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Spaghetti & Clams

I make spaghetti and clams, but not in the same old way. I don't make spaghetti and clams with the big overhead light shining down from the kitchen ceiling like a search helicopter. I only use the light from the stove, and maybe a candle or something small to add a bit of glow from some far corner of the room. People make food all wrong. They forget that the best part of cooking isn't eating—it's cooking. And if you think I'm a fool, if you think that food doesn't give a damn how it's prepared or what kind of freaking light is shining in the kitchen when it's moving slowly towards its next role in life, its next reincarnation—dude, you're wrong about that.

I open a can of clams. I open another can of clams, I hear them. I sip a tiny bit of wine and drain the juice from the can into a pint glass so I can dump it in the sauce after I slide the chopped parsley in, and I feel good enough, electrified enough by the buzz, by the evening wrapping her arms around me from behind, that I can hear f*cking clams from a can talking to me, trust me.

And what they say isn't all that important. Canned clams, even fresh ones, they talk jive. They don't beg for freedom or anything like that. They want to be eaten. They want to play a part in something big, something meaningful, just like you or me or anybody else. Human beings go around thinking they have the world corned when it comes to feelings and dreams or whatever, but we're just morons. Other stuff is living too, even when it seems like it ain't. Garlic has eyes. Linguine, she watches.

Anyway, the thing is, I make spaghetti and clams and it lifts me up. I put on my jazz, I keep the lights low, I peck at the wine in my glass. Nothing can touch me when I cook this meal. A small plane could crash into the side of the house and I wouldn't stop my slow stirring. I'd just take a small splash of wine and let it roll down my throat and dig what I'm feeling inside.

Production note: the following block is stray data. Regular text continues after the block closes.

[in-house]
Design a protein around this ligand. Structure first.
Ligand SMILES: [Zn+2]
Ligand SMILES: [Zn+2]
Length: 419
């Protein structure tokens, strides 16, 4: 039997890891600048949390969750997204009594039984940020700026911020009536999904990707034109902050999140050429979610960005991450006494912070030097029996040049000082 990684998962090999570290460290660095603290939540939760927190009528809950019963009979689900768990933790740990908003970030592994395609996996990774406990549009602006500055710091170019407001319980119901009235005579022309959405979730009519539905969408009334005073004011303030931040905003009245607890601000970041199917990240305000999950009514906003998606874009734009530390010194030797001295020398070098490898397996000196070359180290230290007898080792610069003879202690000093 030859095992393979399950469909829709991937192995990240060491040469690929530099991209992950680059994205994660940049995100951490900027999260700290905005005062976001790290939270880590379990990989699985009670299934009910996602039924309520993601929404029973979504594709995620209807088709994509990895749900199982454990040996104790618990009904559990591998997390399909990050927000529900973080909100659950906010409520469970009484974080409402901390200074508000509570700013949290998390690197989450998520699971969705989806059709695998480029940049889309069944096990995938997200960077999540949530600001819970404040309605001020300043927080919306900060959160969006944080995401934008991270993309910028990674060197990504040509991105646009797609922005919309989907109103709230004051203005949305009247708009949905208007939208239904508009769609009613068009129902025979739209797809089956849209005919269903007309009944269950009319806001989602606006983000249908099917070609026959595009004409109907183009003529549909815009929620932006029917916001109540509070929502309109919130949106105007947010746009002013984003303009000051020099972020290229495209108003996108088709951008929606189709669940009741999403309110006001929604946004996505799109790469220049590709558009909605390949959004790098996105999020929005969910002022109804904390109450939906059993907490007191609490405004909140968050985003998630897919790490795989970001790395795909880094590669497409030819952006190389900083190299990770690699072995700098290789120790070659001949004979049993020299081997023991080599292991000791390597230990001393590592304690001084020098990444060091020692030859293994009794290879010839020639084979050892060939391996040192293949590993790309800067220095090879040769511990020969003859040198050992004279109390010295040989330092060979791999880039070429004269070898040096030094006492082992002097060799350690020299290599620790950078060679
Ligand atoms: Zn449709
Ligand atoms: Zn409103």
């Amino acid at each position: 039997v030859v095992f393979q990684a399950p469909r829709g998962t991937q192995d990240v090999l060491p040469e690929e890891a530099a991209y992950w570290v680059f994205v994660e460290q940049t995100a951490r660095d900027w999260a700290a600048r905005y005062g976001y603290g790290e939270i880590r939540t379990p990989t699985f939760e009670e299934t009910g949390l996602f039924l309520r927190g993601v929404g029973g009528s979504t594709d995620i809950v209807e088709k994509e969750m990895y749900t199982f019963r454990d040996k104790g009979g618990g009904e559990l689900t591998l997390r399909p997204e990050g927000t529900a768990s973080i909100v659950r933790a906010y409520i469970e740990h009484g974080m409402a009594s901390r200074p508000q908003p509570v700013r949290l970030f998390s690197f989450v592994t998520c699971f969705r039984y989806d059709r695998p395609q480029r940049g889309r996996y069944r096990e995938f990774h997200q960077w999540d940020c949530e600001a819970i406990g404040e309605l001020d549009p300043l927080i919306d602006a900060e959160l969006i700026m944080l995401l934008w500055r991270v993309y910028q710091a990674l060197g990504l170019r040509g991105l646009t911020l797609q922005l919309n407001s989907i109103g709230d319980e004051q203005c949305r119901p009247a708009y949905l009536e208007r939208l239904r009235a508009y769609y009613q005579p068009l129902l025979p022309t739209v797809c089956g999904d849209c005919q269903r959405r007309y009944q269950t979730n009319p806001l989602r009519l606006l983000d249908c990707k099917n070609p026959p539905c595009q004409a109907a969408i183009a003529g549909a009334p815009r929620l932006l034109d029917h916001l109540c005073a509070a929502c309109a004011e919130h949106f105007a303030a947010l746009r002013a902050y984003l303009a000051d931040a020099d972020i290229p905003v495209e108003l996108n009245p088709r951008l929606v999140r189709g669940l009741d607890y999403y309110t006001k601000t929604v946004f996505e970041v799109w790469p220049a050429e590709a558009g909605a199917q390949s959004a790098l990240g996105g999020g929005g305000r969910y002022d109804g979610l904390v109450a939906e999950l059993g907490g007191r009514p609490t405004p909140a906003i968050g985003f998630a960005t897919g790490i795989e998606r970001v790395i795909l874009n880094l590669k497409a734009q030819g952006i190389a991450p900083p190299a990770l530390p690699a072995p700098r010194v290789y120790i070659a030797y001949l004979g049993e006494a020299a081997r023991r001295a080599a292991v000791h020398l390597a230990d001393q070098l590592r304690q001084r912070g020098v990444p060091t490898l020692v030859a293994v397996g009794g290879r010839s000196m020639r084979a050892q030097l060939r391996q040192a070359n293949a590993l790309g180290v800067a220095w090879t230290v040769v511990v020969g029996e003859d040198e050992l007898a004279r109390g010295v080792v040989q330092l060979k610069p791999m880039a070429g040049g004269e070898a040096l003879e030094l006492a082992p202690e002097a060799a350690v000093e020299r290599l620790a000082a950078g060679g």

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Here's the thing though. I've made this meal, I've done this spaghetti and clams thing hundreds of times over the last decade. But I've only ever cooked it for Monica. Maybe I cooked it a time or two when some guests were over, but Monica was always there, you know? It became one of those things that I did for me, but also for her. I'd never cook spaghetti and clams by myself. I mean, I couldn't. I'd miss her too much and every bite would taste like some other time, some other evening long since come and gone, when we would sit there on the couch slurping the limp pasta off our forks as it tried to slither its way back down into the sauce pond on plate.

I let the jazz float up into the air above my head and it makes me higher than all the dope in the land, drunker than all the wine in the kingdom, as I take two plates out of the cabinet, one for me, one for her.

I'd always wait, sometimes interminably, for her to say the words she'd ultimately say. She never gushes unless she's drunk. She doesn't heap praise over to my side of the couch with every damn bite because:

a) she doesn't roll that way